Does it look like I’m trying too hard to be Oregonian? I mean, hazelnuts alone = reasonable. Pears alone = sensible. Pears + hazelnuts + hazelnut oil + Frangelico = I don’t even know. That’s like putting a bird on a cake.
To be fair, I don’t even have a pair of rain boots yet (and it turns out, they are actually very necessary). Perhaps I should try harder to adapt, but even with wet socks, standing over a ridiculously fragrant, fluffy, moist, fruit-studded cake is not a bad place to be.
You should know that I’m a wee bit thrilled to bring you in-the-process photos that aren’t completely gross. You stuck with me all this time in a poorly-lit kitchen, but no more! No more weird green tones. Just flour, yogurt, and big huge messes just barely out of the frame.
I should also tell you there’s yogurt all up in this cake. For that tender loving touch.
As for the hazelnut oil: It is not one to be cooked, but it’s excellent for baking. I used Emile Noel organic, which I was sent a while back but continue to use, because I like it a lot. Think rich, clean hazelnut flavor. If you don’t have that handy, vegetable oil will do just fine, although you won’t get as intense a hazelnut experience.
A nice thing about chopping the hazelnuts yourself is being able to scoop up all of that fine hazelnut … dust, if you will, and throw it right into your cake. “Dust” is probably a poor word choice, so if it’s not too late, think pixie dust, not gross dust, ok? Ok. Would “particles” be better? Hazelnut surface area maximizers? I need a thesaurus.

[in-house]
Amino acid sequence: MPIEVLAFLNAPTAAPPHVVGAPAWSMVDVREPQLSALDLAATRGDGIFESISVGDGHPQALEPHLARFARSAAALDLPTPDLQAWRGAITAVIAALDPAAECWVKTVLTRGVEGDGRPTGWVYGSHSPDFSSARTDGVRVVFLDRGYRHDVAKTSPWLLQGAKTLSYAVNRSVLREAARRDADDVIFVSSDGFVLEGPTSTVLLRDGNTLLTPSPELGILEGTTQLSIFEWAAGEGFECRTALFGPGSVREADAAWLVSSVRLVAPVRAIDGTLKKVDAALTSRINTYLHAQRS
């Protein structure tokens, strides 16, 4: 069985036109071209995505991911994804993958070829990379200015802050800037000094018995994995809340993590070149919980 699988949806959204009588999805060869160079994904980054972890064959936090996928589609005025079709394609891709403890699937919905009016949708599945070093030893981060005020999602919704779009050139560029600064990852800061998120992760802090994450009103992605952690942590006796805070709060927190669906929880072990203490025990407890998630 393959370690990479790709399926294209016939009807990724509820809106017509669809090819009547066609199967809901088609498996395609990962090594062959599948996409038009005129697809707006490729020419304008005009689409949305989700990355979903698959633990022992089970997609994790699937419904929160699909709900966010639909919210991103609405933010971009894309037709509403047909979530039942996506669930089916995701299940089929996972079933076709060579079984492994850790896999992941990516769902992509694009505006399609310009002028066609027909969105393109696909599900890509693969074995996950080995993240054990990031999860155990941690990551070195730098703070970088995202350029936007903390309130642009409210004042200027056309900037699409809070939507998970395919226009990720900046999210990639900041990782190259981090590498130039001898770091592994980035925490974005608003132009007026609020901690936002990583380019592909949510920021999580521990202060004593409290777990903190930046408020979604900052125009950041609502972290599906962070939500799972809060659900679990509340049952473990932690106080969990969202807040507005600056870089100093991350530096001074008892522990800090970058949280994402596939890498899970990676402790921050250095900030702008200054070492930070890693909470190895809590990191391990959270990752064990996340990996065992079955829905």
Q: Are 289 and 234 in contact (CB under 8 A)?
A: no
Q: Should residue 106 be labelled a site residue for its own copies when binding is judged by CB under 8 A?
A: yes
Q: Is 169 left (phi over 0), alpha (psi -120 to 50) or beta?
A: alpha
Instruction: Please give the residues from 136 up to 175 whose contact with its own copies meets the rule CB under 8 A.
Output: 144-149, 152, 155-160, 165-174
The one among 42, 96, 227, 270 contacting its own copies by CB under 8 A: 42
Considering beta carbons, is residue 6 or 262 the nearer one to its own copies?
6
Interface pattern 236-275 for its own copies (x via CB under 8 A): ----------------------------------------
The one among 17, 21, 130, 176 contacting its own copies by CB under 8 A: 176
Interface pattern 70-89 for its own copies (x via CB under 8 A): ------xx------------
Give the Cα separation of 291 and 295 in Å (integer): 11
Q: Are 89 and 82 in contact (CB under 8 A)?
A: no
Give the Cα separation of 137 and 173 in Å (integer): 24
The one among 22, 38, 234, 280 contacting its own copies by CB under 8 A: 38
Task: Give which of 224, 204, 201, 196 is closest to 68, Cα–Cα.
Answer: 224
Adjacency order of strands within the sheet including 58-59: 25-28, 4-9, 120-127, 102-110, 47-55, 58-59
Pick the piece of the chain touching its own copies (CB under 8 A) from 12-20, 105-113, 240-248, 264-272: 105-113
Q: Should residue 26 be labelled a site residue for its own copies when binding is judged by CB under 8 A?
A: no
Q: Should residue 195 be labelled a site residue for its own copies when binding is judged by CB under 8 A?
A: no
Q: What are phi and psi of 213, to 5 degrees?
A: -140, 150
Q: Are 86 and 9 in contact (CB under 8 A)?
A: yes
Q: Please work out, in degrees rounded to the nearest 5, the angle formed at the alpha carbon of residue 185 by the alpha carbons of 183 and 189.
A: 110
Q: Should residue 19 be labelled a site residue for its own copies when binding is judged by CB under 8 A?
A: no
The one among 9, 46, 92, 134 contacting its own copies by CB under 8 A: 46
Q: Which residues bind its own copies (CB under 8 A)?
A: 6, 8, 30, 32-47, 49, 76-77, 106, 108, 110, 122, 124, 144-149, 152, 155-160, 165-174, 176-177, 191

And please be sane and use a bigger mixing bowl than I did. This got messy.
Mess or no mess, the next 40-50 minutes might be the best-smelling ones of your kitchen’s life. Or this month, at least. (Let’s be real. Kitchens live a long time, you guys.)
Cakes, however, when they smell, look, and taste this snazzy, don’t live long at all. Strange, how that works.
Have a safe and enjoyable Halloween, all. Perhaps next year I’ll bring you something that makes more sense. Perhaps a ground beef mummy wrapped in lasagna noodles (perhaps not).
- Nonstick baking spray
- 1 1/2 cups all-purpose flour
- 1 teaspoon baking powder
- 1 teaspoon baking soda
- 3/4 teaspoon kosher salt
- 1 cup sugar
- 3/4 cup whole-milk Greek yogurt (I used a 7-oz container of Fage 2%)
- 1/2 cup hazelnut oil
- 2 large eggs
- 1 tablespoon Frangelico or other hazelnut liqueur (optional)
- 1/2 teaspoon vanilla extract
- 2 cups diced Bosc pears
- 1 cup toasted hazelnuts, chopped coarsely
- Powdered sugar, for dusting on top
- Preheat oven to 350 degrees and prepare a bundt pan by spraying well with nonstick spray.
- Sift together the flour, baking powder, baking soda, and kosher salt in a medium bowl.
- In a separate bowl, whisk together the sugar with the yogurt, oil, eggs, Frangelico, and vanilla extract.
- Stir the wet ingredients into the dry ingredients just until combined, then fold in diced pears and hazelnuts.
- Pour batter into prepared pan; smooth top. Bake until the top of cake is browned and a tester inserted into center comes out clean, 40-45 minutes (oven times vary, so start checking earlier).
- Let cake cool in pan on a wire rack for 15 minutes. Invert onto rack; let cool slightly. Serve warm or at room temperature, dusted with powdered sugar.